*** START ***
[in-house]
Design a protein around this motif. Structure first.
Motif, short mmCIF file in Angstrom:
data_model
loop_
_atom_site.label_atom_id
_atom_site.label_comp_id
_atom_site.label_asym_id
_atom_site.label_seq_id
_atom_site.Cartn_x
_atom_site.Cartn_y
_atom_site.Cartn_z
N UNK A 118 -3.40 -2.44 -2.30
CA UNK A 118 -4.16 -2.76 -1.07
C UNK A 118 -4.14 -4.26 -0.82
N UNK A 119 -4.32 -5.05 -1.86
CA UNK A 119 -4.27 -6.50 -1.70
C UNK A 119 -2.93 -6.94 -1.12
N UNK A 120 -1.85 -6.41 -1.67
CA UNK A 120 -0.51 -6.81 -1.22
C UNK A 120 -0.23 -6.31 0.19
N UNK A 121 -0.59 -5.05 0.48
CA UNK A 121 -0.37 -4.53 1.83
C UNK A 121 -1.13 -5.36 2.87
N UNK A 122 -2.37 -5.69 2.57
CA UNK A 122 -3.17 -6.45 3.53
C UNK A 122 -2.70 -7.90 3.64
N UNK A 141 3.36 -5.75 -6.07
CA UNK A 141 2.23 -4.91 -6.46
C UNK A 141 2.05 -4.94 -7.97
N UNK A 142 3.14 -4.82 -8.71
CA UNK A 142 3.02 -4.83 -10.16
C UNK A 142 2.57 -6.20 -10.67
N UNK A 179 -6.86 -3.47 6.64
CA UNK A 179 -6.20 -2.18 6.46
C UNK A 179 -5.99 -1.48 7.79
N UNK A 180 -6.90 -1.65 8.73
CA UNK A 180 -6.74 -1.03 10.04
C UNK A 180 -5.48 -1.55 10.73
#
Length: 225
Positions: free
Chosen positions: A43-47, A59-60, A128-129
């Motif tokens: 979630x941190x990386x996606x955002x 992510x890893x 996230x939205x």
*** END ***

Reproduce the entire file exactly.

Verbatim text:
[in-house]
Design a protein around this motif. Structure first.
Motif, short mmCIF file in Angstrom:
data_model
loop_
_atom_site.label_atom_id
_atom_site.label_comp_id
_atom_site.label_asym_id
_atom_site.label_seq_id
_atom_site.Cartn_x
_atom_site.Cartn_y
_atom_site.Cartn_z
N UNK A 118 -3.40 -2.44 -2.30
CA UNK A 118 -4.16 -2.76 -1.07
C UNK A 118 -4.14 -4.26 -0.82
N UNK A 119 -4.32 -5.05 -1.86
CA UNK A 119 -4.27 -6.50 -1.70
C UNK A 119 -2.93 -6.94 -1.12
N UNK A 120 -1.85 -6.41 -1.67
CA UNK A 120 -0.51 -6.81 -1.22
C UNK A 120 -0.23 -6.31 0.19
N UNK A 121 -0.59 -5.05 0.48
CA UNK A 121 -0.37 -4.53 1.83
C UNK A 121 -1.13 -5.36 2.87
N UNK A 122 -2.37 -5.69 2.57
CA UNK A 122 -3.17 -6.45 3.53
C UNK A 122 -2.70 -7.90 3.64
N UNK A 141 3.36 -5.75 -6.07
CA UNK A 141 2.23 -4.91 -6.46
C UNK A 141 2.05 -4.94 -7.97
N UNK A 142 3.14 -4.82 -8.71
CA UNK A 142 3.02 -4.83 -10.16
C UNK A 142 2.57 -6.20 -10.67
N UNK A 179 -6.86 -3.47 6.64
CA UNK A 179 -6.20 -2.18 6.46
C UNK A 179 -5.99 -1.48 7.79
N UNK A 180 -6.90 -1.65 8.73
CA UNK A 180 -6.74 -1.03 10.04
C UNK A 180 -5.48 -1.55 10.73
#
Length: 225
Positions: free
Chosen positions: A43-47, A59-60, A128-129
């Motif tokens: 979630x941190x990386x996606x955002x 992510x890893x 996230x939205x």